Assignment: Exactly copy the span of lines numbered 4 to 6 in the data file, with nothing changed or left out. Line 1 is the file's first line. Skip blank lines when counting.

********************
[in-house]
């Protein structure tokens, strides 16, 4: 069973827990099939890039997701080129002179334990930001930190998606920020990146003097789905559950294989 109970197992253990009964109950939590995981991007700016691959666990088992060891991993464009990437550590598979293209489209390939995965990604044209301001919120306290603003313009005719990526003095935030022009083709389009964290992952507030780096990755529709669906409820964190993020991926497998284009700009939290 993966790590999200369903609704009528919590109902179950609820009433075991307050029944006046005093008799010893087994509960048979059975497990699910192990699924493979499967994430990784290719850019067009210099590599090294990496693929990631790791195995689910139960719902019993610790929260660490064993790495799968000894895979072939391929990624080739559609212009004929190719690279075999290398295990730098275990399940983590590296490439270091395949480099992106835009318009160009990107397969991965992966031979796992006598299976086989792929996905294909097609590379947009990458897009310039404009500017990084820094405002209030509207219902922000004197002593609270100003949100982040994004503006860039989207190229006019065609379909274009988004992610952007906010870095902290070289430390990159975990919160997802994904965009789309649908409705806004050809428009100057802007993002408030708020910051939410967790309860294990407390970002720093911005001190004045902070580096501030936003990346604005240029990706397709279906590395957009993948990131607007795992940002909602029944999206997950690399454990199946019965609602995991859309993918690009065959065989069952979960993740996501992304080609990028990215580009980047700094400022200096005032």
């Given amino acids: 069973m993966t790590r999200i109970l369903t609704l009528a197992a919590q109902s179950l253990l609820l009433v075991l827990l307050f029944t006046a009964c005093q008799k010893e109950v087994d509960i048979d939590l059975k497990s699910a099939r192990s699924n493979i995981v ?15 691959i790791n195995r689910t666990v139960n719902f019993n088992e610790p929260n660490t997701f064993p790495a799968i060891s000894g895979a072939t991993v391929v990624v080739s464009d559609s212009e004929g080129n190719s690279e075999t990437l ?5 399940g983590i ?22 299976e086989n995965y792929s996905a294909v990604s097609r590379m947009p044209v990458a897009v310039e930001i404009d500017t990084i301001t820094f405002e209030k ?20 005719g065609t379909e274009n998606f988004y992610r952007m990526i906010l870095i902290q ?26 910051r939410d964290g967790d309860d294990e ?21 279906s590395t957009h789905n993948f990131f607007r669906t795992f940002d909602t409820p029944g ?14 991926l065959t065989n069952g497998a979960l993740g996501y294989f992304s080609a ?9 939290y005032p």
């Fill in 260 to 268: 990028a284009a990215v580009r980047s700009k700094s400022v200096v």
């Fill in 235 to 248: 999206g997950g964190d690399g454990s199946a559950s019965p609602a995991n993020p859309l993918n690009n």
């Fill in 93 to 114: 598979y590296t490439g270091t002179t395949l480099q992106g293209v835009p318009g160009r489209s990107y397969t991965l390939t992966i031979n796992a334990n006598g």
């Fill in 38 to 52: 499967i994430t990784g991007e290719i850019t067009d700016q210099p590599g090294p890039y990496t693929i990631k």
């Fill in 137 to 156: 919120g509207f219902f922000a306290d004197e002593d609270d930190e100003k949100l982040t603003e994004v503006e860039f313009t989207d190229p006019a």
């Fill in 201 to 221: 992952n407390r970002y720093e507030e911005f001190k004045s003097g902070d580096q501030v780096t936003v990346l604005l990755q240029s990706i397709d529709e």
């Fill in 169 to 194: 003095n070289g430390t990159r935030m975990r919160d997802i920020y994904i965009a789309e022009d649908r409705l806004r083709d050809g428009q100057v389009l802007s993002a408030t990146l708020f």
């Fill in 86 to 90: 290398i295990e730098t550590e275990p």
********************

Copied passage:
């Fill in 260 to 268: 990028a284009a990215v580009r980047s700009k700094s400022v200096v």
């Fill in 235 to 248: 999206g997950g964190d690399g454990s199946a559950s019965p609602a995991n993020p859309l993918n690009n």
């Fill in 93 to 114: 598979y590296t490439g270091t002179t395949l480099q992106g293209v835009p318009g160009r489209s990107y397969t991965l390939t992966i031979n796992a334990n006598g």